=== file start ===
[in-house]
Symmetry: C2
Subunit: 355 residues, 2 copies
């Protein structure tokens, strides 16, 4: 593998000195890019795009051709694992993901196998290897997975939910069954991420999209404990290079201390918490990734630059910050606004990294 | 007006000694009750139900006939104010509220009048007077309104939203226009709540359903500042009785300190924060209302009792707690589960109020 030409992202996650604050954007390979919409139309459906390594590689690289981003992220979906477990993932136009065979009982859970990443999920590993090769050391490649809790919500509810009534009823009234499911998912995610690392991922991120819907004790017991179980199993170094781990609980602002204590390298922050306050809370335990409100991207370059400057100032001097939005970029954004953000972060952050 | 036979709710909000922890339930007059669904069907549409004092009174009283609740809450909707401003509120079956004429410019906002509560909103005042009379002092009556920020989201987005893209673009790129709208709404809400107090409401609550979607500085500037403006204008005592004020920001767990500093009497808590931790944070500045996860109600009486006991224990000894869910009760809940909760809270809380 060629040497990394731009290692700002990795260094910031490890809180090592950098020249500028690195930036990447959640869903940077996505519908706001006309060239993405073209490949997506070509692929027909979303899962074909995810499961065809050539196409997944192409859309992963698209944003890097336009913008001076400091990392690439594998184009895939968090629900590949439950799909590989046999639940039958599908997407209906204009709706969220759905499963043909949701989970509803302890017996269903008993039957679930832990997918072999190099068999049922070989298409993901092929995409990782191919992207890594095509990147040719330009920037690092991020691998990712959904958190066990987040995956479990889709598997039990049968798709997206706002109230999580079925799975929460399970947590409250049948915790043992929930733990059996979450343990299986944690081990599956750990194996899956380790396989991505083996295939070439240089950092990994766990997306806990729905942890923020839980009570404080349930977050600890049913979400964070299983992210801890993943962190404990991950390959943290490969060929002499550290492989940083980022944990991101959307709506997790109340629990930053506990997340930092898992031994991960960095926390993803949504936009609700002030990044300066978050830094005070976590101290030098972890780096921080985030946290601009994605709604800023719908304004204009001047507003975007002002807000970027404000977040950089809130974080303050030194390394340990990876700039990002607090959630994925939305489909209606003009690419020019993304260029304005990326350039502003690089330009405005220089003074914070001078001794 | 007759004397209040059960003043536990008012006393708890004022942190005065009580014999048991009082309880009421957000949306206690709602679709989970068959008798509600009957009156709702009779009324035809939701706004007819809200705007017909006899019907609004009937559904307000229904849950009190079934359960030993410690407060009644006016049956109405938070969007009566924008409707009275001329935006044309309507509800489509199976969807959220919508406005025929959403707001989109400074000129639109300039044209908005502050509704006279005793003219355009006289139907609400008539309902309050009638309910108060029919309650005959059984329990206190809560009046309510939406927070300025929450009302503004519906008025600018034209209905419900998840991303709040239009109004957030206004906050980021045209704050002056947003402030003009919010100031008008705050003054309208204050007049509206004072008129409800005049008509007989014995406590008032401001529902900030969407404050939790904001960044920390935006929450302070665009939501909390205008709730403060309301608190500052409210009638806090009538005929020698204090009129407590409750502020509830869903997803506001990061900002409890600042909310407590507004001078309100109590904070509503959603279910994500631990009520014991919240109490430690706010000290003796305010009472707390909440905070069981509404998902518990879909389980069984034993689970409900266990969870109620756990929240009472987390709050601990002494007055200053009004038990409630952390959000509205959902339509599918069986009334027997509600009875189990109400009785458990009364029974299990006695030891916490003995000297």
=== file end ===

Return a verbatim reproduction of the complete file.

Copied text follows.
[in-house]
Symmetry: C2
Subunit: 355 residues, 2 copies
């Protein structure tokens, strides 16, 4: 593998000195890019795009051709694992993901196998290897997975939910069954991420999209404990290079201390918490990734630059910050606004990294 | 007006000694009750139900006939104010509220009048007077309104939203226009709540359903500042009785300190924060209302009792707690589960109020 030409992202996650604050954007390979919409139309459906390594590689690289981003992220979906477990993932136009065979009982859970990443999920590993090769050391490649809790919500509810009534009823009234499911998912995610690392991922991120819907004790017991179980199993170094781990609980602002204590390298922050306050809370335990409100991207370059400057100032001097939005970029954004953000972060952050 | 036979709710909000922890339930007059669904069907549409004092009174009283609740809450909707401003509120079956004429410019906002509560909103005042009379002092009556920020989201987005893209673009790129709208709404809400107090409401609550979607500085500037403006204008005592004020920001767990500093009497808590931790944070500045996860109600009486006991224990000894869910009760809940909760809270809380 060629040497990394731009290692700002990795260094910031490890809180090592950098020249500028690195930036990447959640869903940077996505519908706001006309060239993405073209490949997506070509692929027909979303899962074909995810499961065809050539196409997944192409859309992963698209944003890097336009913008001076400091990392690439594998184009895939968090629900590949439950799909590989046999639940039958599908997407209906204009709706969220759905499963043909949701989970509803302890017996269903008993039957679930832990997918072999190099068999049922070989298409993901092929995409990782191919992207890594095509990147040719330009920037690092991020691998990712959904958190066990987040995956479990889709598997039990049968798709997206706002109230999580079925799975929460399970947590409250049948915790043992929930733990059996979450343990299986944690081990599956750990194996899956380790396989991505083996295939070439240089950092990994766990997306806990729905942890923020839980009570404080349930977050600890049913979400964070299983992210801890993943962190404990991950390959943290490969060929002499550290492989940083980022944990991101959307709506997790109340629990930053506990997340930092898992031994991960960095926390993803949504936009609700002030990044300066978050830094005070976590101290030098972890780096921080985030946290601009994605709604800023719908304004204009001047507003975007002002807000970027404000977040950089809130974080303050030194390394340990990876700039990002607090959630994925939305489909209606003009690419020019993304260029304005990326350039502003690089330009405005220089003074914070001078001794 | 007759004397209040059960003043536990008012006393708890004022942190005065009580014999048991009082309880009421957000949306206690709602679709989970068959008798509600009957009156709702009779009324035809939701706004007819809200705007017909006899019907609004009937559904307000229904849950009190079934359960030993410690407060009644006016049956109405938070969007009566924008409707009275001329935006044309309507509800489509199976969807959220919508406005025929959403707001989109400074000129639109300039044209908005502050509704006279005793003219355009006289139907609400008539309902309050009638309910108060029919309650005959059984329990206190809560009046309510939406927070300025929450009302503004519906008025600018034209209905419900998840991303709040239009109004957030206004906050980021045209704050002056947003402030003009919010100031008008705050003054309208204050007049509206004072008129409800005049008509007989014995406590008032401001529902900030969407404050939790904001960044920390935006929450302070665009939501909390205008709730403060309301608190500052409210009638806090009538005929020698204090009129407590409750502020509830869903997803506001990061900002409890600042909310407590507004001078309100109590904070509503959603279910994500631990009520014991919240109490430690706010000290003796305010009472707390909440905070069981509404998902518990879909389980069984034993689970409900266990969870109620756990929240009472987390709050601990002494007055200053009004038990409630952390959000509205959902339509599918069986009334027997509600009875189990109400009785458990009364029974299990006695030891916490003995000297």